multipolar in structure
Smaller than neurons
5-50 times more numerous
”glue” that holds nervous tissue together
do not generate or conduct nerve impulses
can multiply and divide in mature nervous system
in case of injury or disease multiply to fill in spaces
formerly occupied by neurons
Gliomas: brain tumors derived from glia called
gliomas; very malignant and grow rapidly
Myelin sheath, many-layered covering composed of lipids
and protein, surround the axons of most of our neurons.
 Two Functions:
(1) insulates the axon
(2) increases the speed of nerve impulse conduction
The amount of myelin increases from birth to maturity
Clusters of Neuronal Cell Bodies
 Ganglion: cluster of neuronal cell bodies
located in PNS
 Nucleus: cluster of neuronal cell bodies in CNS
Bundles of Axons
 Nerve: bundle of axons located in PNS; cranial
nerves connect brain to periphery and spinal
nerves connect spinal cord to periphery
 Tract: bundle of axons located in CNS; tracts
interconnect neurons in spinal cord and brain
White matter: myelinated and unmyelinated axons of many
neurons which is white in color; also has blood vessels
Gray matter: neuronal cell bodies, dendrites, unmyelinated
axons, axon terminals, and neuroglia white is grayish pink in
color; also has blood vessels
AKA  nerve impulses
Two features of plasma membrane needed for action potentials in
muscle fibers and in neurons
 existence of resting membrane potential
 presence of specific types of ion channels
Membrane potential difference in the amount
of electrical charge inside and outside plasma
 membrane that has potential is polarized
Resting membrane potential  voltage difference between the inside
and outside of a plasma membrane when not responding to a stimulus,
in muscle fibers and neurons
 voltage created by flow of ions
Two types of ion channels:
Leakage channels allow small but steady stream of ions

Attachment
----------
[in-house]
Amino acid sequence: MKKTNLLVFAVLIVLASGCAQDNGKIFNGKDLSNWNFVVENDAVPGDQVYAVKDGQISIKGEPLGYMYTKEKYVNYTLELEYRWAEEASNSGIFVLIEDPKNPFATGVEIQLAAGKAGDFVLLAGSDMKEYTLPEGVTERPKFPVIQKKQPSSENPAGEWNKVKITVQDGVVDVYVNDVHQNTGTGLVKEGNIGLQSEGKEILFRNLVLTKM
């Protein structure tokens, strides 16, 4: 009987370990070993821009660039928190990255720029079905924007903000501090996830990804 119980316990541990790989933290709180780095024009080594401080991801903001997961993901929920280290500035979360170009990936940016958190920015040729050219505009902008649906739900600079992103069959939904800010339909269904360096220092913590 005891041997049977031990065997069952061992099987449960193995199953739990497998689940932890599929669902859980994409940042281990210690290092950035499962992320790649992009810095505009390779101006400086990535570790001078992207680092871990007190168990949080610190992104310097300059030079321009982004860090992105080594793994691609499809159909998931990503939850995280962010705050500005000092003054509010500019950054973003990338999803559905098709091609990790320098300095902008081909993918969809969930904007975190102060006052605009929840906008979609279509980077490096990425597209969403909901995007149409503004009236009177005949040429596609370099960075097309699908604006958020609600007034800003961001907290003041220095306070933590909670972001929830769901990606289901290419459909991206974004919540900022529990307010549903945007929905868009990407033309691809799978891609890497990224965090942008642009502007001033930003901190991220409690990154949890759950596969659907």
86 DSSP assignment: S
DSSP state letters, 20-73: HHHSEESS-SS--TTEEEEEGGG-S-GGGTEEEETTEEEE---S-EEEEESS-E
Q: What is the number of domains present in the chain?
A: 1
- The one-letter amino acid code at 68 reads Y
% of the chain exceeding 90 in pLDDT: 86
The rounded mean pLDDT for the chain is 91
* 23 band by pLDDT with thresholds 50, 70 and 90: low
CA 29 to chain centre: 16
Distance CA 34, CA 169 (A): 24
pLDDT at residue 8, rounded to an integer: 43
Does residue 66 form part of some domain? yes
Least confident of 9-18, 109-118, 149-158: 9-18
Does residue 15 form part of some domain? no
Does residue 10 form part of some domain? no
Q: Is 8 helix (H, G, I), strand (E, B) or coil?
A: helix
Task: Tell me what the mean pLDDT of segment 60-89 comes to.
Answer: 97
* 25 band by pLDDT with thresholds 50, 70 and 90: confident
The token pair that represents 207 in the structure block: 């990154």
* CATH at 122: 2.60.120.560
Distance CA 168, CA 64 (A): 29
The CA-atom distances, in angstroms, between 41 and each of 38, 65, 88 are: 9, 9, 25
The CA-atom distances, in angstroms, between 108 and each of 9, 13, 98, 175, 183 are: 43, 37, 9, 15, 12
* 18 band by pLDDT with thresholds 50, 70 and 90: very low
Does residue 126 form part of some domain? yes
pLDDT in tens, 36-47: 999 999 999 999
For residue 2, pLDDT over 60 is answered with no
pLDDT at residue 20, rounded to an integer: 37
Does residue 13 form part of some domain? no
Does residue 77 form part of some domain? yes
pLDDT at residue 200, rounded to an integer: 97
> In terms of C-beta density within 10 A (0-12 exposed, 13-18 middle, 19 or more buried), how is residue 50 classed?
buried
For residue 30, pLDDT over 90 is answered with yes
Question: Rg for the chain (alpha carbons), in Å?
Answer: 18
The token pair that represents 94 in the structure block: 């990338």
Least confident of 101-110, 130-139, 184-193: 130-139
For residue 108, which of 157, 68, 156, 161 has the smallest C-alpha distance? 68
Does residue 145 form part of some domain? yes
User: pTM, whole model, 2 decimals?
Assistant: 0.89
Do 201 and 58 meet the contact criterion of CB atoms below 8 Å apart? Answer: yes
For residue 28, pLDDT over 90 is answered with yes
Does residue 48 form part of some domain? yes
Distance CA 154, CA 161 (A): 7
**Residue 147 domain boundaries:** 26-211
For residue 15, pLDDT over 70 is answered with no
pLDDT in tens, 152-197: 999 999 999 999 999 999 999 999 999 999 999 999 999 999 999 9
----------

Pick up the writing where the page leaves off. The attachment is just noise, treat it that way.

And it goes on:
to leak across the membrane
Gated channels  open and close on command
Voltage-gated channels are used to generate and
conduct action potentials; open in response to a change
in membrane potential
Action potential (AP) or impulse generates rapidly occurring events that
decrease and increase the membrane potential and eventually restore it to
its resting state
Ability of muscle fibers and neurons to convert stimuli into action
potential is called electrical excitability.
Stimulus in cell’s environment changes resting membrane potential; if
stimulus causes cell to depolarize to a critical level; called a threshold
(about -55mV) then an action potential arises
Two main phases:
 Depolarizing phase- rapidly occurring events that decrease and
eventually reverse polarization of membrane, makes inside more
positive than outside; Na+ ions move into cell
 Repolarizing phase- membrane polarization is restored to resting state;
Na+ ions move back out cell restoring charge to original state
Reversal of
6After-hyperpolarizing phase
Also called propagation
Way cells communicate information from one part of
body to another
Nerve impulses travel from where they arise, usually
axon hillock, along axon to axon terminal
Positive feedback process
Continuous conduction
Step-by-step process; impulses travel a short
distance in 10 milliseconds
Occurs in unmyelinated axons (muscle fibers)
 Have smallest diameter
Saltatory conduction
Impulses leap from one node of Ranvier to the next
Occurs in myelinated axons
 Have largest diameter
How synapses neurons communicate with other
neurons or with effectors through a series of events
neuron sending the signal is called the presynaptic neuron
neuron receiving the signal called the postsynaptic neuron
 A synaptic cleft separates the presynaptic and postsynaptic
Different neurotransmitters are found in synaptic vesicles. These
different neurotransmitters have different effects.
Essential neurotransmitters are removed in order to restore
normal synaptic function
Three ways:
 Diffuse away from synaptic cleft (out of reach of receptors)
 Destroyed by enzymes
 Actively transported back into neuron (reuptake)